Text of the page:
SuperChoice is reworking its applications to run across multiple public clouds, enabling the company to take advantage of “spot pricing” and significantly lower its infrastructure costs.
Chief information officer Ian Gibson told iTnews that the company, which provides hosted superannuation management and clearing house software, conducted its own research and pilots and correlated the results with third-party research before embarking on the project.
Gibson will present the results of his internal research – and of the company’s shift to the public cloud – at Cloud & DC Edge 2017 in March, which is co-organised by iTnews.
Spot pricing enables users to set a maximum price they are willing to pay for cloud capacity.
When a cloud provider has excess capacity, they can put a price on it, sometimes orders of magnitude below the regular on-demand price. Customers whose set maximum doesn’t exceed the asking price may be allocated the spare capacity.
Gibson said SuperChoice’s own tests of spot pricing across 10 cloud instance configurations showed it could save “up to 84 percent” compared to the regular cost of hosting its sample workloads. He said external studies had achieved similar results.
“If you mix and match between cloud service providers and take advantage of their various pricing arrangements, you get a far more cost-effective outcome than if you just go with one service provider,” Gibson said.
“Each of them has strengths and weaknesses. But particularly if you start tapping in with pre-production workloads - where there’s the greatest opportunity to use spot pricing - the savings can be quite substantial.
“You need to understand the characteristics of your load, and if you do we think there’s a significant opportunity in taking advantage of essentially what becomes marginally priced compute capacity.”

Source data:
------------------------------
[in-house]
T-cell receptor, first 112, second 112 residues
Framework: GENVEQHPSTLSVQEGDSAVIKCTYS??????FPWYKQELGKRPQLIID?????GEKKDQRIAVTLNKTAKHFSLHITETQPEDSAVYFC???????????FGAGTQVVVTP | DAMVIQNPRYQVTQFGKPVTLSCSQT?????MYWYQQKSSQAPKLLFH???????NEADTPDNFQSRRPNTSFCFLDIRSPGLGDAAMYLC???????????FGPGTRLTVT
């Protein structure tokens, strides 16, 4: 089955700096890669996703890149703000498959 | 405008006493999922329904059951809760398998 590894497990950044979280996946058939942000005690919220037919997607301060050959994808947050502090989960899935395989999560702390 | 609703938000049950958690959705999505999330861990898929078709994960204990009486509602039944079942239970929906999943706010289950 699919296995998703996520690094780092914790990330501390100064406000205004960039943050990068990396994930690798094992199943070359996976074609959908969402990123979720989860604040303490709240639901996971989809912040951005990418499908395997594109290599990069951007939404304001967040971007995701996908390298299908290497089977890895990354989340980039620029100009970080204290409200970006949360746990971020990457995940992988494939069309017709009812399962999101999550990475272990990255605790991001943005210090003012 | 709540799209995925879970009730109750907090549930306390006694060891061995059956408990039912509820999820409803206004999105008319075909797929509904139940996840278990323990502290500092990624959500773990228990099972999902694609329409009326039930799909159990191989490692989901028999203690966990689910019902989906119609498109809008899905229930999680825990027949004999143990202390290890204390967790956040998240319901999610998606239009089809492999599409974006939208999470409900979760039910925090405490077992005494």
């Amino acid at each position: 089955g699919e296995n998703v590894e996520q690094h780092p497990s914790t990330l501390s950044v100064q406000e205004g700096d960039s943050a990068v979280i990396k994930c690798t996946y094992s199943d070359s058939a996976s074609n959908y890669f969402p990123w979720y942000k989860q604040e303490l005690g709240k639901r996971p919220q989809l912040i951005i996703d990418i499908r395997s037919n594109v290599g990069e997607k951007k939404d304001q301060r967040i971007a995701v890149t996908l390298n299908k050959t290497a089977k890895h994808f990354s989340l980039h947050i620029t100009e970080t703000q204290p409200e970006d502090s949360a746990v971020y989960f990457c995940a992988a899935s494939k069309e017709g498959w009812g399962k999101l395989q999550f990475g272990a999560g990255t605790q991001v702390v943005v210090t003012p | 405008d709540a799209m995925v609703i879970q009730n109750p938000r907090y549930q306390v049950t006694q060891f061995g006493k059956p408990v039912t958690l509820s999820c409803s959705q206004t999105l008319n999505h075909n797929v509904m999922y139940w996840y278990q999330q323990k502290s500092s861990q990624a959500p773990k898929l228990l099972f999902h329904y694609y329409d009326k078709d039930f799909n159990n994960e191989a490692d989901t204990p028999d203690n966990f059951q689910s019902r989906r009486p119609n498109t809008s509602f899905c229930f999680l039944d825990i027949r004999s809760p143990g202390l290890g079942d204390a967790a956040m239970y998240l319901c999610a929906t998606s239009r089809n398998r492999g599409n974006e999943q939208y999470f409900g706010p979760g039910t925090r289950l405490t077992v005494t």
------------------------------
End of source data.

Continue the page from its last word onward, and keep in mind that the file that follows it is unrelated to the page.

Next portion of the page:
In a sign of how seriously Gibson is taking spot pricing, SuperChoice has recently “created a new role [in IT that looks] specifically … at these aspects of pricing”.
Presently, SuperChoice runs staging work in a VMware-based private cloud and on AWS.
It is starting to migrate some workloads into Azure, and Gibson said the company may also use the Google cloud, should an Australian zone be created.
“Our strategy is very much about cloud service provider independence,” Gibson said.
To enable this, Gibson and his team have spent significant time repackaging code to run on any public cloud, and has embraced a microservices architecture. The company also uses RightScale to manage its multi-cloud environment.
Readying its applications and processes to run entirely in the cloud had been a useful exercise in identifying and fixing any parts that were broken, Gibson said.
“Migrating to the cloud is a fantastic process because we can press a button and in an hour we can create some servers in the public cloud, download our application, boot it all up and have it working,” he said.
“But the trade-off is the [underlying] process becomes very brittle. If every one of those steps isn’t exactly right, it all fails.”
Case in point: Gibson found a piece of code written two years ago that never compiled properly.
“Unbeknownst to me, every time we had to deploy that code, our ops guys were doing manual workarounds to get it to work,” Gibson said.
“When you automate the process completely, which is what we’ve done as part of migrating to the cloud, your deployment process becomes very brittle.
“We went back and got that code modified in order to get it to build properly in order to migrate it.”
Ian Gibson will be a speaker at Cloud & DC Edge 2017, which is being held at Royal Pines, Gold Coast, on 14-16 March 2017. The event – which is co-organised by iTnews and Adapt – will feature insights from leading cloud and data centre users and experts. You can request the agenda and purchase tickets here.